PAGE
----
The publisher’s comment on the back flyleaf of this book says the three authors ((Brodi Ashton, Cynthia Hand, Jodi Meadows) have as their goal to “fix history by rewriting one sad story at a time.” The book’s dedication partly reads “And for England (again). We’re really sorry for what we’re about to do to your literature.” Like with their first book LADY JANE, we know right away not to take anything in this book seriously but to sit back and enjoy the wacky journey through Bronte territory.
It is 1834 in Great Britain. William IV has cut funding for the Royal Society for the Relocation of Wayward Spirits that was established by Mad King George III, and the resulting political feud between him and Arthur Wellesley, the Duke of Wellington, sets into action a series of events drawing together the fictional characters of JANE EYRE (the Rochesters, Mr. Mason, Grace Pool, Helen Jones, Mr. Brocklehurst, etc.) and the real-life Bronte siblings (Charlotte, Emily, Anne, Branwell). Ghost-hunting, feminism, espionage, class conflicts, deprivation of the poor, romantic ideals, political jockeying for power–there’s no topic that escapes examination and wry comment. There is even a sly nod toward Algernon Blackwood, British ghost story writer (considered one of the best of the genre), and a funny reference to the size of a certain inauguration crowd.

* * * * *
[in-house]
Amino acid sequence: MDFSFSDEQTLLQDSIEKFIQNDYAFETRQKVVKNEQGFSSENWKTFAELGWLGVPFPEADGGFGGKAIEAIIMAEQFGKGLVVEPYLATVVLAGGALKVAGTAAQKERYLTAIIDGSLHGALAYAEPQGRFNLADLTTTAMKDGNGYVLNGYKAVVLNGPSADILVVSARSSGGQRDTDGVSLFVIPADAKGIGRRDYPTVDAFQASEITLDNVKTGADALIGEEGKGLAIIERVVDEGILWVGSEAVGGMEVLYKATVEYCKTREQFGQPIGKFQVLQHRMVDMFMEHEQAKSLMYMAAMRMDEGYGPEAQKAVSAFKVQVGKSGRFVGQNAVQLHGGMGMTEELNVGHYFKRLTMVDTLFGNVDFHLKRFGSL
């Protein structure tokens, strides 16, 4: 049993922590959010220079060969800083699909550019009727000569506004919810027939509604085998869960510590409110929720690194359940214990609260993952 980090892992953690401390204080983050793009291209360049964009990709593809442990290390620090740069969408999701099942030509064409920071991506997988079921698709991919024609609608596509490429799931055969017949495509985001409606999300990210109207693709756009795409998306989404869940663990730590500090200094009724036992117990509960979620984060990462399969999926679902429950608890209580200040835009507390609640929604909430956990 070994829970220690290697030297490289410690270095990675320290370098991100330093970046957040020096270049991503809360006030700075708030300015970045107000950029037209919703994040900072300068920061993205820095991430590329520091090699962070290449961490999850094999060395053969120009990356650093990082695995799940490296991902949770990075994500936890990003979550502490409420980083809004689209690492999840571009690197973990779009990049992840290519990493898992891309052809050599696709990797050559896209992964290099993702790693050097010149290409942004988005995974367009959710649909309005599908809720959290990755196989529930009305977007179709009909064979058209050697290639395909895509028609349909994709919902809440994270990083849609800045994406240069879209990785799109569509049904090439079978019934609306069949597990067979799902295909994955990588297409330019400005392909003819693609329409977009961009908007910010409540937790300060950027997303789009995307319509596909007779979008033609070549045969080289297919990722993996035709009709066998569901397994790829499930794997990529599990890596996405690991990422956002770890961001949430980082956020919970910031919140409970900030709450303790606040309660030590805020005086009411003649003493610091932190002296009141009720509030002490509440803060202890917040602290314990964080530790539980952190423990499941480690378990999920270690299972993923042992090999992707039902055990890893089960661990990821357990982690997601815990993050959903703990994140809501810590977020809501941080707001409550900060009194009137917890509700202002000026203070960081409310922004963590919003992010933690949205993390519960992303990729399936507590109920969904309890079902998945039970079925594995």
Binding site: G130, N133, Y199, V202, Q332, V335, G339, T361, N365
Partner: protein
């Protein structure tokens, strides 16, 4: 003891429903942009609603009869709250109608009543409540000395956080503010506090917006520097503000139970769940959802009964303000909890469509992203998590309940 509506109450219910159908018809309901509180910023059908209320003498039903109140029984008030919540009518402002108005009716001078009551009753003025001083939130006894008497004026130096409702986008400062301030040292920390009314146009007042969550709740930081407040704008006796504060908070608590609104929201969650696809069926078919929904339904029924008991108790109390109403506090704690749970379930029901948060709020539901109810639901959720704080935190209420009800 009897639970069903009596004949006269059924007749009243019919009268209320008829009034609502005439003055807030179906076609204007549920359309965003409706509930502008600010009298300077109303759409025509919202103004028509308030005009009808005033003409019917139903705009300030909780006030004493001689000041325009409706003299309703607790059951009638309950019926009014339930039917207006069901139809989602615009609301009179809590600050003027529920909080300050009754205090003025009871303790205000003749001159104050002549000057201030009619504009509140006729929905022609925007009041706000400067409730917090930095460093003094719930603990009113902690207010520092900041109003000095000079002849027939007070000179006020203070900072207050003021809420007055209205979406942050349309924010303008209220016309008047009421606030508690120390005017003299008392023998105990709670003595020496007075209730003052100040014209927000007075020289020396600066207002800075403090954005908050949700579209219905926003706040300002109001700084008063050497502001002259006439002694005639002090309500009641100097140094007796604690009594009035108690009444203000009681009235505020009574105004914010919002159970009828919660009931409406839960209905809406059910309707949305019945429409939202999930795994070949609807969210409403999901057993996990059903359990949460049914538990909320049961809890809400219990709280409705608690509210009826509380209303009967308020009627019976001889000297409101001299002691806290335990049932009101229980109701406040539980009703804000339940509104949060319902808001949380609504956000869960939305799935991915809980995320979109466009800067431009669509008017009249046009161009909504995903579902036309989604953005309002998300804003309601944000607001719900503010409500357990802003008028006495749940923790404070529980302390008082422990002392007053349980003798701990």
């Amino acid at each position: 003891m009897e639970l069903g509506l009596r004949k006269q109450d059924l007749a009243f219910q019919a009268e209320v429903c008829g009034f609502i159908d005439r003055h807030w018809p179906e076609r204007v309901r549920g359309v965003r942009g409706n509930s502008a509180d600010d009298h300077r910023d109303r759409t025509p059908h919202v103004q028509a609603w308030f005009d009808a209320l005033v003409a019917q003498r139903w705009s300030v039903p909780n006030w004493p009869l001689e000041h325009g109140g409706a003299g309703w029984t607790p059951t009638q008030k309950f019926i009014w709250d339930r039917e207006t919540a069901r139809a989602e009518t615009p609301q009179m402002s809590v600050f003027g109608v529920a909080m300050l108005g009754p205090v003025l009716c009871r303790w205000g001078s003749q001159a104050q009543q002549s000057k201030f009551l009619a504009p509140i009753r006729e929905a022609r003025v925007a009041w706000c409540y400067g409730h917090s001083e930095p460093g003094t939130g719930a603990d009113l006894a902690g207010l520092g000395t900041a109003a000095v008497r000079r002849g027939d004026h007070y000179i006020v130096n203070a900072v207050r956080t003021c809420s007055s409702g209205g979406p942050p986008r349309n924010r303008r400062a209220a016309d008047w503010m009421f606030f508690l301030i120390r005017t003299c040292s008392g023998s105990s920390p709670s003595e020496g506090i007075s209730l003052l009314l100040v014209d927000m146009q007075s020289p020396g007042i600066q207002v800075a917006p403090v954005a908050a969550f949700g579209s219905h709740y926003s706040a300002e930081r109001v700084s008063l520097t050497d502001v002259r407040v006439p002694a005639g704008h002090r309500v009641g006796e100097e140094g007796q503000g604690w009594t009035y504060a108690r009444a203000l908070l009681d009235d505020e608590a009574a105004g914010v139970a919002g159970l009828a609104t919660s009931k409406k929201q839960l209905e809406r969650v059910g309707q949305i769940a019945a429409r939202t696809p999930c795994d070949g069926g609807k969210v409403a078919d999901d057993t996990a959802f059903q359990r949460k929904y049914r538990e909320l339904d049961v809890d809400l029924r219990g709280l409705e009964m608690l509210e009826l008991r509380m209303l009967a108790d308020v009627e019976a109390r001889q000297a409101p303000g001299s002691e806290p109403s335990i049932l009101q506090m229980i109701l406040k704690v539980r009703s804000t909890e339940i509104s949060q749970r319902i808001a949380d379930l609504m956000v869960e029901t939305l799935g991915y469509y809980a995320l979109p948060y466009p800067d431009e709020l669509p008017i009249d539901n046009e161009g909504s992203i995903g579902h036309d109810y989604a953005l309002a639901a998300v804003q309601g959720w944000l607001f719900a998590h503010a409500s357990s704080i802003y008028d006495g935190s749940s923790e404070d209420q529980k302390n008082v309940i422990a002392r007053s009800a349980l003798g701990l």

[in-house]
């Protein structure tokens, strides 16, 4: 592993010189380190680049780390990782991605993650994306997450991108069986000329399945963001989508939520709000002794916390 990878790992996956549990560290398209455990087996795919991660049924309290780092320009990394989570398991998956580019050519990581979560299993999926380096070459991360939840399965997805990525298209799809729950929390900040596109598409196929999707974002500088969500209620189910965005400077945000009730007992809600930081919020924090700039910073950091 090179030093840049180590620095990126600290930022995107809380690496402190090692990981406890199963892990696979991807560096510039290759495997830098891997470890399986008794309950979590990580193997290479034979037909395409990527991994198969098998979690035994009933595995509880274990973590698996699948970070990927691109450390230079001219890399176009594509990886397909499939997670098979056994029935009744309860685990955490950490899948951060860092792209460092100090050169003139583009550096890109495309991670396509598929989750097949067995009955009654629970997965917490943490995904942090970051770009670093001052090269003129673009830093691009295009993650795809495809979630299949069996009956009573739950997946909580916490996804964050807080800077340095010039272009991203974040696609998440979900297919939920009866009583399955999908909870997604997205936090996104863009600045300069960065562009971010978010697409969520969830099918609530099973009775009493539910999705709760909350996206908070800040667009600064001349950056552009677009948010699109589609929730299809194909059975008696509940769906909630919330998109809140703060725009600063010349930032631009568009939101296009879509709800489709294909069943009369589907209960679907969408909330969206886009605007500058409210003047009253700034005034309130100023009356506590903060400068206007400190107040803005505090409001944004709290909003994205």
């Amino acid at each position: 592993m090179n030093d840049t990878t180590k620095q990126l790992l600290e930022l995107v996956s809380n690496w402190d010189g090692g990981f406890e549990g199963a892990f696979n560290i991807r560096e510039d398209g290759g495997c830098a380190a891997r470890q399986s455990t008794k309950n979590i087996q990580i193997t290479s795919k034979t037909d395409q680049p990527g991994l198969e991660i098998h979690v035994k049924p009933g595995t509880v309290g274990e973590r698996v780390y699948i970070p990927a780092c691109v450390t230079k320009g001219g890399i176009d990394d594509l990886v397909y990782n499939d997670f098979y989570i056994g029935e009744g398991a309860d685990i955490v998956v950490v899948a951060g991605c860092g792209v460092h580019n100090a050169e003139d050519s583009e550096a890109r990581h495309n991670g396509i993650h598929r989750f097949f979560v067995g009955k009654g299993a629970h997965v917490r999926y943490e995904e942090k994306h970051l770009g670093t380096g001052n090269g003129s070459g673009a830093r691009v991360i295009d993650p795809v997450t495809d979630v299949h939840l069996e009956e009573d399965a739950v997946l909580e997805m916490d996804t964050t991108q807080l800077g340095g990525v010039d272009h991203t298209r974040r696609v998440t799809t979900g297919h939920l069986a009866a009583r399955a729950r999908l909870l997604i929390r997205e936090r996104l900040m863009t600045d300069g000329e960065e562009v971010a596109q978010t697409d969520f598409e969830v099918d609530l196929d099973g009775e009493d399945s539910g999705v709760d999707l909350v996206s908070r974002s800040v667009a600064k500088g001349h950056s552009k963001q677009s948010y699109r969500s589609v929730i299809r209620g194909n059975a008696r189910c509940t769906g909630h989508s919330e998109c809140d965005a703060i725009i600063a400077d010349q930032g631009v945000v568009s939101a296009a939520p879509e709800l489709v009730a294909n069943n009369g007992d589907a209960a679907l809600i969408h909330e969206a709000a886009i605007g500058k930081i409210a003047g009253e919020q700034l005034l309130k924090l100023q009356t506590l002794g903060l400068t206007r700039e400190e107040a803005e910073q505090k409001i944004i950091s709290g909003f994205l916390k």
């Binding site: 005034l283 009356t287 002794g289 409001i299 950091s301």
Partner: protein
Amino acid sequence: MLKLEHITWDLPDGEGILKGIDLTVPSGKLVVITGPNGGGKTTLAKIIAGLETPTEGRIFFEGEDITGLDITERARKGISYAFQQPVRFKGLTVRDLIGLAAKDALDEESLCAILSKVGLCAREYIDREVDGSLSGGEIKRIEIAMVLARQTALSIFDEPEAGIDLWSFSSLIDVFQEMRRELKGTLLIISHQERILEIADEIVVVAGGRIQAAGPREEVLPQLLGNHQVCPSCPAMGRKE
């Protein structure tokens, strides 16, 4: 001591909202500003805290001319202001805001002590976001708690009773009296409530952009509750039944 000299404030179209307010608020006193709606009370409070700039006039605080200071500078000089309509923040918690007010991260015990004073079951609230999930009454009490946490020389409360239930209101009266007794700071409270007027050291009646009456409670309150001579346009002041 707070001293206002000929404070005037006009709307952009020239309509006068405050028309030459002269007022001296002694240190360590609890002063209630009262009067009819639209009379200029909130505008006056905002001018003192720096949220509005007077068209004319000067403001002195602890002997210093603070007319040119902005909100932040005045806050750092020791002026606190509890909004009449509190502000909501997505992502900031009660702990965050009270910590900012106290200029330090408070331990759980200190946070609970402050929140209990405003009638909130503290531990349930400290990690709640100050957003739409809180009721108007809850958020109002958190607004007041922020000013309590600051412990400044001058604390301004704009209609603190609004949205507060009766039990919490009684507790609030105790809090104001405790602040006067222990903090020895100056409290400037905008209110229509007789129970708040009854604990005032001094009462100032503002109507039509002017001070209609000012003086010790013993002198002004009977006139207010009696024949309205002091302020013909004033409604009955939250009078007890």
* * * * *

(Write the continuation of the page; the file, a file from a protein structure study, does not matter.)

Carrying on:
Readers familiar with the original work by Charlotte Bronte will laugh at the modernized take on life in Britain in the nineteenth century and delight in the asides made by Charlotte, Jane and others as they chronicle the events taking place in alternating chapters. The narrative is fast-paced, clearly written, vastly enjoyable, and totally free of anything objectionable.